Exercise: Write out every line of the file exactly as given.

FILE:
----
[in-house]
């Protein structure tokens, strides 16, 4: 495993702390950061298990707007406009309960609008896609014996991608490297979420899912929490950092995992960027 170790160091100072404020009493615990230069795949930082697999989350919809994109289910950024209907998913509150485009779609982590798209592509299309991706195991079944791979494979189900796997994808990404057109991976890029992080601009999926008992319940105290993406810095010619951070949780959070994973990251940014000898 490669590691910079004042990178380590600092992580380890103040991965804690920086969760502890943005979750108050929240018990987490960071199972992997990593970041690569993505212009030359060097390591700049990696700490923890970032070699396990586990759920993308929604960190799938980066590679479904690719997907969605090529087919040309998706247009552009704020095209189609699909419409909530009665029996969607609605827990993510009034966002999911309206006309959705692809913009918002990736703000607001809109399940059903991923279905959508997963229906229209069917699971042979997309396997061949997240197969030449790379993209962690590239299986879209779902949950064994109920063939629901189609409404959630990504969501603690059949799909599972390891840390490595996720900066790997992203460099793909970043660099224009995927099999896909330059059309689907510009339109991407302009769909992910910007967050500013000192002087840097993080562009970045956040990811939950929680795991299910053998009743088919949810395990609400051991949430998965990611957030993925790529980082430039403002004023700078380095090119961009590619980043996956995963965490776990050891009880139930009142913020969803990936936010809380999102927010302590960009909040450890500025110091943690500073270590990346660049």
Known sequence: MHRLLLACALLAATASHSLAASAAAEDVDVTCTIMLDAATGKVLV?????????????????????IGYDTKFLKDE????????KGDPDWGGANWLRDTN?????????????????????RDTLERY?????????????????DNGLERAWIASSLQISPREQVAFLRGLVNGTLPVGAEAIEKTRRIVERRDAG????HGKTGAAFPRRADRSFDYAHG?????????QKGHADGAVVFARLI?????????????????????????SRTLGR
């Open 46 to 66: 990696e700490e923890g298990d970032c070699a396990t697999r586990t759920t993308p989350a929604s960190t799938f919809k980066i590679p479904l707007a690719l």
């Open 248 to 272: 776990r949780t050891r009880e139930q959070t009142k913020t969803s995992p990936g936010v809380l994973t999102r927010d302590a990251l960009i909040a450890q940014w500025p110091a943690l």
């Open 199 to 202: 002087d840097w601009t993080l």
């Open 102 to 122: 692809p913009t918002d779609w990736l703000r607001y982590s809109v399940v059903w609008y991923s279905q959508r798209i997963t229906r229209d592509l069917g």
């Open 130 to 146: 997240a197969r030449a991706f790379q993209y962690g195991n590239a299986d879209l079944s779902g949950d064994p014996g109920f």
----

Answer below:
[in-house]
């Protein structure tokens, strides 16, 4: 495993702390950061298990707007406009309960609008896609014996991608490297979420899912929490950092995992960027 170790160091100072404020009493615990230069795949930082697999989350919809994109289910950024209907998913509150485009779609982590798209592509299309991706195991079944791979494979189900796997994808990404057109991976890029992080601009999926008992319940105290993406810095010619951070949780959070994973990251940014000898 490669590691910079004042990178380590600092992580380890103040991965804690920086969760502890943005979750108050929240018990987490960071199972992997990593970041690569993505212009030359060097390591700049990696700490923890970032070699396990586990759920993308929604960190799938980066590679479904690719997907969605090529087919040309998706247009552009704020095209189609699909419409909530009665029996969607609605827990993510009034966002999911309206006309959705692809913009918002990736703000607001809109399940059903991923279905959508997963229906229209069917699971042979997309396997061949997240197969030449790379993209962690590239299986879209779902949950064994109920063939629901189609409404959630990504969501603690059949799909599972390891840390490595996720900066790997992203460099793909970043660099224009995927099999896909330059059309689907510009339109991407302009769909992910910007967050500013000192002087840097993080562009970045956040990811939950929680795991299910053998009743088919949810395990609400051991949430998965990611957030993925790529980082430039403002004023700078380095090119961009590619980043996956995963965490776990050891009880139930009142913020969803990936936010809380999102927010302590960009909040450890500025110091943690500073270590990346660049």
Known sequence: MHRLLLACALLAATASHSLAASAAAEDVDVTCTIMLDAATGKVLV?????????????????????IGYDTKFLKDE????????KGDPDWGGANWLRDTN?????????????????????RDTLERY?????????????????DNGLERAWIASSLQISPREQVAFLRGLVNGTLPVGAEAIEKTRRIVERRDAG????HGKTGAAFPRRADRSFDYAHG?????????QKGHADGAVVFARLI?????????????????????????SRTLGR
């Open 46 to 66: 990696e700490e923890g298990d970032c070699a396990t697999r586990t759920t993308p989350a929604s960190t799938f919809k980066i590679p479904l707007a690719l």
């Open 248 to 272: 776990r949780t050891r009880e139930q959070t009142k913020t969803s995992p990936g936010v809380l994973t999102r927010d302590a990251l960009i909040a450890q940014w500025p110091a943690l």
């Open 199 to 202: 002087d840097w601009t993080l």
């Open 102 to 122: 692809p913009t918002d779609w990736l703000r607001y982590s809109v399940v059903w609008y991923s279905q959508r798209i997963t229906r229209d592509l069917g």
């Open 130 to 146: 997240a197969r030449a991706f790379q993209y962690g195991n590239a299986d879209l079944s779902g949950d064994p014996g109920f």